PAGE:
Intelligence within the next one (78%) to three years (84%).
  • Companies are very interested in finding data scientists that understand how to manipulate spatial data effectively, and conducting iterative spatial analysis is the most important step in applying Location Intelligence.
  • “Ensuring data quality and accuracy” (49%), “gathering data real time” (40%), and “extracting data from existing systems in a usable way” (39%) are more commonplace challenges in terms of data collection.

Taking a closer look at these data, we can see for sure that if you know how to tap into the Location Intelligence right, your business can have a bright future and even expand, especially because many aren’t already using it at its full potential.

Therefore, how can you do more and be ahead of the rest? Entrepreneur.com is giving you some ideas:

  1. Use the big potential that research is offering you. “Location data can provide a stronger context of your target audience to better activate consumers. Beyond just marketing what you already have, it can also help reveal opportunities for products or services that you’ve not yet developed or marketed.”
  2. Competitive Intelligence. “This wealth of insight about where people go in the real world and, in particular, how they interact with your competition, is invaluable intelligence to your business and can help inform decisions about everything from pricing and inventory to in-store promotions and staffing levels.”
  3. Acquisition and investments. “Asset managers are increasingly turning to location data to inform their investments, according to a recent report from Optimas. Given this trend, location data should most definitely be part of your due diligence when evaluating any prospective investment or acquisition. Evaluate the foot traffic patterns in and around the business you’re considering and think about what it might reveal.”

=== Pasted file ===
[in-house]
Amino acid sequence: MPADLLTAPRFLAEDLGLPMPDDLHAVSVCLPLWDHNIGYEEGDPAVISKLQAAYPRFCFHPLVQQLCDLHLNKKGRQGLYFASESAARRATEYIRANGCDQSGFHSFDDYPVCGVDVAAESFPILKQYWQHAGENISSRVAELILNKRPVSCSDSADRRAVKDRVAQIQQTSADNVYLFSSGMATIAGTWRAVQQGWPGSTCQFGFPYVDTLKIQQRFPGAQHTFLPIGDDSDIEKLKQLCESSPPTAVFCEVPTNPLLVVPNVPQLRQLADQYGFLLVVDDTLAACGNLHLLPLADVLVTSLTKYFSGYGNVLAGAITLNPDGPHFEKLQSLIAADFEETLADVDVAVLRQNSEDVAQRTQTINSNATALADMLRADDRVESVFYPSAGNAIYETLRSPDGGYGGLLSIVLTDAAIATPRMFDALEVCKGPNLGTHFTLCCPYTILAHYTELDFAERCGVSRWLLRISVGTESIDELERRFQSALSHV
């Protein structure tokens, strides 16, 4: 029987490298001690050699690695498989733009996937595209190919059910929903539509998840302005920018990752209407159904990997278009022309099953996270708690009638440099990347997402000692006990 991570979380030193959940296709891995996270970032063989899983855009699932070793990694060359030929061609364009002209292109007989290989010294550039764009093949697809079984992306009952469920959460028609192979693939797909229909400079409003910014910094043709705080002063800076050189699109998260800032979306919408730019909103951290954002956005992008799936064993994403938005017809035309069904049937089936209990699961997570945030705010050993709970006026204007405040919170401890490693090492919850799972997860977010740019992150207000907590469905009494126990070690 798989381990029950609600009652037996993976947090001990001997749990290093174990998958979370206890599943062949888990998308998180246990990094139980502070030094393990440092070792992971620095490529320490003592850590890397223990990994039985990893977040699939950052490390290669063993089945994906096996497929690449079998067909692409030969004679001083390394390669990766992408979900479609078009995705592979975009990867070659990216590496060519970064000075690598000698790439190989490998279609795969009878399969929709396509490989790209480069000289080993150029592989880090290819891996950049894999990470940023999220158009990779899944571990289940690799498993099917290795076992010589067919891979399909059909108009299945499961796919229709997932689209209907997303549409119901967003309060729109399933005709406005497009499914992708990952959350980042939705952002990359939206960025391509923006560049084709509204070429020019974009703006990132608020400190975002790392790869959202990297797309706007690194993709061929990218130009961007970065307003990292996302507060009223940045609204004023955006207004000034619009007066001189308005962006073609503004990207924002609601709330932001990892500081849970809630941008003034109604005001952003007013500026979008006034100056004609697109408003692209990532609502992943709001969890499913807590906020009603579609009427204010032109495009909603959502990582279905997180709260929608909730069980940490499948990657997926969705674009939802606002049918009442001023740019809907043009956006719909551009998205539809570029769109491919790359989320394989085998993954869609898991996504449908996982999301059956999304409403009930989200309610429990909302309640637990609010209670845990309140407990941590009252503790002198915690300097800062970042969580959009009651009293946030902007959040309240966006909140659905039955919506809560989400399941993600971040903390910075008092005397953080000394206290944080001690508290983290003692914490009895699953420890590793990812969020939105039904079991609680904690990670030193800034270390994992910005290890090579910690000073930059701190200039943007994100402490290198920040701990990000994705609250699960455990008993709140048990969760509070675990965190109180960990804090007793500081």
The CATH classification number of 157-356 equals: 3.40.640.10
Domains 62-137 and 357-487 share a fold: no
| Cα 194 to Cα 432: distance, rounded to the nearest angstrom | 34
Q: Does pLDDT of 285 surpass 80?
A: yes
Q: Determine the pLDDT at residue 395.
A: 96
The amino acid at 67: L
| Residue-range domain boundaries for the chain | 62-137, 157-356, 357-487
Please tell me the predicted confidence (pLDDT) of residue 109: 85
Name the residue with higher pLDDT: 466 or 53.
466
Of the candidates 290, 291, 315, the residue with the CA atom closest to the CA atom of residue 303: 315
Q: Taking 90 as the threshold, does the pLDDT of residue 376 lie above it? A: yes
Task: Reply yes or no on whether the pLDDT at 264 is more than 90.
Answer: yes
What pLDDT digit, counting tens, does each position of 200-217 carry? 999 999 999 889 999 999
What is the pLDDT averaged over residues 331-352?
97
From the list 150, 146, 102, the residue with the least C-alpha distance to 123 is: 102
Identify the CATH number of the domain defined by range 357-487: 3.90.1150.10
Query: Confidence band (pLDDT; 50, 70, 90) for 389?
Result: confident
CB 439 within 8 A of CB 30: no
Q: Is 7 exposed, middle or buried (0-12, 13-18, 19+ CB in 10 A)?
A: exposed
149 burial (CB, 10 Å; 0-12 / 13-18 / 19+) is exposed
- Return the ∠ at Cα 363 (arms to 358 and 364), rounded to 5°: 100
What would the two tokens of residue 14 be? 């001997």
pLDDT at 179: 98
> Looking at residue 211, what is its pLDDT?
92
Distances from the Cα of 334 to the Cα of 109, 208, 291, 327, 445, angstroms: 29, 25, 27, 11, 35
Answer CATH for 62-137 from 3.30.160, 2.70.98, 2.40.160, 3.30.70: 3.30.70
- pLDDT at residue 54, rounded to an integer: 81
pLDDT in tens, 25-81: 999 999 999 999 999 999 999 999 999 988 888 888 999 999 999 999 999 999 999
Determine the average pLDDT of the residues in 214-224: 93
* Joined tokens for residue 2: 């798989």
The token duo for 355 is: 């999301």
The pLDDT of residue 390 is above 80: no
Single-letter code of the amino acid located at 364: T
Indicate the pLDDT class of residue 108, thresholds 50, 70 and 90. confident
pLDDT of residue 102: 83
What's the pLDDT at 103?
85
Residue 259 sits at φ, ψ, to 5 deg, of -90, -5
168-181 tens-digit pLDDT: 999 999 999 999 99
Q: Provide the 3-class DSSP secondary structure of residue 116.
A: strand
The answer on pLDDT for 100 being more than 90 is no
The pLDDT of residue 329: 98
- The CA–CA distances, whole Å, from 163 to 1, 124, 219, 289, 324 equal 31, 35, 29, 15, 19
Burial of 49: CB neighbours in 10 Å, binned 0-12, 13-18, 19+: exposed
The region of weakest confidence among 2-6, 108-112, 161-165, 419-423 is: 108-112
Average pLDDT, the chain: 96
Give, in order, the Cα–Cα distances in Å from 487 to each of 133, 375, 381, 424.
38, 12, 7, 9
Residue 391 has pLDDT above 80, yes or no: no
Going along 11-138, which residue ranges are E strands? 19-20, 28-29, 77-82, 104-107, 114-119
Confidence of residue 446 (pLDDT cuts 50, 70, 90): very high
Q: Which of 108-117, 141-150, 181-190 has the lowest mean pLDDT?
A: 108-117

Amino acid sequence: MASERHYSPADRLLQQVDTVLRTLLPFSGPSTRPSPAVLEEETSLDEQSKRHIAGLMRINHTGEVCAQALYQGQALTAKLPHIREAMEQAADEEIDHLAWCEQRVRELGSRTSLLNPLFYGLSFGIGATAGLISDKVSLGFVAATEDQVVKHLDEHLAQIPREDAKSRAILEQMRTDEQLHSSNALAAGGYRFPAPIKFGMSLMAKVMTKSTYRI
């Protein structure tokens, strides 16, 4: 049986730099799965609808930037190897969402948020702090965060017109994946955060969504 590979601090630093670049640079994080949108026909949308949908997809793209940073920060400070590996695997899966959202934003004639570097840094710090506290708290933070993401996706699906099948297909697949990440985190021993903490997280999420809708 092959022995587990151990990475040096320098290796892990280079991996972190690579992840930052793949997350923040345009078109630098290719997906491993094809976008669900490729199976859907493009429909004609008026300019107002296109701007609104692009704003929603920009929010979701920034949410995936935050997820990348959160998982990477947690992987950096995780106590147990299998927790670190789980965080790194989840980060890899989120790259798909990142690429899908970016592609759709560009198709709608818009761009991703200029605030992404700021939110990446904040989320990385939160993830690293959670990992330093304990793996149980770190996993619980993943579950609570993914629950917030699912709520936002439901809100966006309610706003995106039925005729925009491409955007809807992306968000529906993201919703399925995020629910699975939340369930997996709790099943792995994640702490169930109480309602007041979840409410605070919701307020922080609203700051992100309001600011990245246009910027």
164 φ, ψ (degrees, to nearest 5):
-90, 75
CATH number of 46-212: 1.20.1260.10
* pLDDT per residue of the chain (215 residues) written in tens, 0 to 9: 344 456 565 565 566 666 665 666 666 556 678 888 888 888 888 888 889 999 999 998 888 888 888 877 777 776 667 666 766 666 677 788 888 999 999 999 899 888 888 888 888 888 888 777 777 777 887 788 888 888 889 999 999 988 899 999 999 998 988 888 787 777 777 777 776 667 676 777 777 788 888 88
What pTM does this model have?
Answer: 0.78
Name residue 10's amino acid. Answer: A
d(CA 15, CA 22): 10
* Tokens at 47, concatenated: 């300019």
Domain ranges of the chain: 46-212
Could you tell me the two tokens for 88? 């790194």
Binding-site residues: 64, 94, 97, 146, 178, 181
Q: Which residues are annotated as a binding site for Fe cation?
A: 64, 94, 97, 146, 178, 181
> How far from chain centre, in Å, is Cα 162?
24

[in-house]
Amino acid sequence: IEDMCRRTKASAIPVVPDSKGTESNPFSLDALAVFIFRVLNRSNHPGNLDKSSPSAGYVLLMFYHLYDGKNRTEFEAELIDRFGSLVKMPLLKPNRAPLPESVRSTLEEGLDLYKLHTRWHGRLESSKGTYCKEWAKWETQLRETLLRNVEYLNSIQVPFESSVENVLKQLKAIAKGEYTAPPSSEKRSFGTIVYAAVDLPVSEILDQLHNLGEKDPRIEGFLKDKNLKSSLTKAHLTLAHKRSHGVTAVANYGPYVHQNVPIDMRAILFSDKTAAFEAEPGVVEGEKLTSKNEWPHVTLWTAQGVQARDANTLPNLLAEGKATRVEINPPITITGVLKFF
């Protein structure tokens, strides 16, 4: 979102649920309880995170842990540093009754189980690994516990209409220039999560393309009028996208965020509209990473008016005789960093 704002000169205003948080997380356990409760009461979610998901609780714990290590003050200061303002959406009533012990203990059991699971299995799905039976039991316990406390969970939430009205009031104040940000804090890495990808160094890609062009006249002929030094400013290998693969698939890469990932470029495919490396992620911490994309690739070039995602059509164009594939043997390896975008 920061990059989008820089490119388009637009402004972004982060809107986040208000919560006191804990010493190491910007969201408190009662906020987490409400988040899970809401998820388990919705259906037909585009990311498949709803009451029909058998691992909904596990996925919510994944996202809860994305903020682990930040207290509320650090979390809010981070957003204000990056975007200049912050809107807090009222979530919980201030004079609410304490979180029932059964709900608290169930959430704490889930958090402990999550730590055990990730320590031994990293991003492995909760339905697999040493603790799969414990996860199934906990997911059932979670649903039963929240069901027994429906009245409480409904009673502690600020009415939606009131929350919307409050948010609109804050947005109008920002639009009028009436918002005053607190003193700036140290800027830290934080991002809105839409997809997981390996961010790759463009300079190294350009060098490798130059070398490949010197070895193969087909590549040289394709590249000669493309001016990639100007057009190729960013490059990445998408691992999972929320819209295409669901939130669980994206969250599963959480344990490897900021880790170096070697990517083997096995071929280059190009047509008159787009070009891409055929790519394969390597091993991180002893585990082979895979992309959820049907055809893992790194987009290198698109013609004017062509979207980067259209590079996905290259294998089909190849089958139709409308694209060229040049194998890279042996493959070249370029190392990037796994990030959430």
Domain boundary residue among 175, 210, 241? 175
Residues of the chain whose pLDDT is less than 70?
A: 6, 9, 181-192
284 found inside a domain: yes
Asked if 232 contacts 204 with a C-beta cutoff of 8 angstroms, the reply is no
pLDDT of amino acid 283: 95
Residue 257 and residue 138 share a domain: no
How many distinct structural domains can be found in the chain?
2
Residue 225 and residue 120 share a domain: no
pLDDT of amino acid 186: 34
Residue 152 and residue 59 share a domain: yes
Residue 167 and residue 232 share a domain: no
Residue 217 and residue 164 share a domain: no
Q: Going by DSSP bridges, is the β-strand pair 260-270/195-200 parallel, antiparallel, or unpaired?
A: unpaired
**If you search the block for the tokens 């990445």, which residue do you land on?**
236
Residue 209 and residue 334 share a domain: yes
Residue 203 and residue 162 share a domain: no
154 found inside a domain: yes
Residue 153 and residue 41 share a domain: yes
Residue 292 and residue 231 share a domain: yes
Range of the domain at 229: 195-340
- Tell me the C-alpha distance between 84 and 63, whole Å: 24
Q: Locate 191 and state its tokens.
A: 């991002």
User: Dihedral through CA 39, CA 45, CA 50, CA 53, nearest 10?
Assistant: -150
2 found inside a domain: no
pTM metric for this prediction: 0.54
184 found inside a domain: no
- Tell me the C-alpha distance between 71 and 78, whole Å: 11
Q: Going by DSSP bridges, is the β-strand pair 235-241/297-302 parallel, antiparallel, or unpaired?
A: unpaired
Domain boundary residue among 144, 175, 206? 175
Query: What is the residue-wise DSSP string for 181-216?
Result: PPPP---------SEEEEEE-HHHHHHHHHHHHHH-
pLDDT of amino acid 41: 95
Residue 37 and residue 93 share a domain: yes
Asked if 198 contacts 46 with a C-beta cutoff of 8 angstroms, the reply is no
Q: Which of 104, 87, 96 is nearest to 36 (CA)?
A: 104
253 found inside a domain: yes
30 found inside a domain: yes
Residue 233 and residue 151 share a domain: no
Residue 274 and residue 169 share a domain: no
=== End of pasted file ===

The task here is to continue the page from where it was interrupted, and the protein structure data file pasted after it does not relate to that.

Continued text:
More on the subject, tap here.

Inspirational study cases one can find in this Forbes article.

Personalization online shouldn’t be too personal

We don’t like to be looked at in groups anymore. We hate the idea of being seen as one and the same as others around us. We want to brands to find a way to address us and our desires and issues with a personalized message, with an as clear as possible idea of whom we really are, each one of us. It’s a reality that more and more quantitative and qualitative researches show. For example, according to eMarketer, 80% of users find emails with personally recommended products helpful – but can be turned off by display ads that follow them around the internet as they read the news or check Facebook.

“Users like it when they feel like you’re helping them, not when you know where they live or publicise your purchases.Essentially, it’s important to find that sweet spot where personalisation doesn’t feel too personal. This personalisation works because it adds value to their experience. It helps them find what they want. It’s streamlined and doesn’t follow them around as the browse elsewhere. It’s personal, but the user itself controls the action. If that email converts, it’s because the user themselves opened it and decided they wanted to buy. It’s a reminder as opposed to a salesman following them around a store, asking “do you want this now? How about now?”,” said Gurmeet Lamba, chief operating officer at Sentient Technologies, for Campaign UK.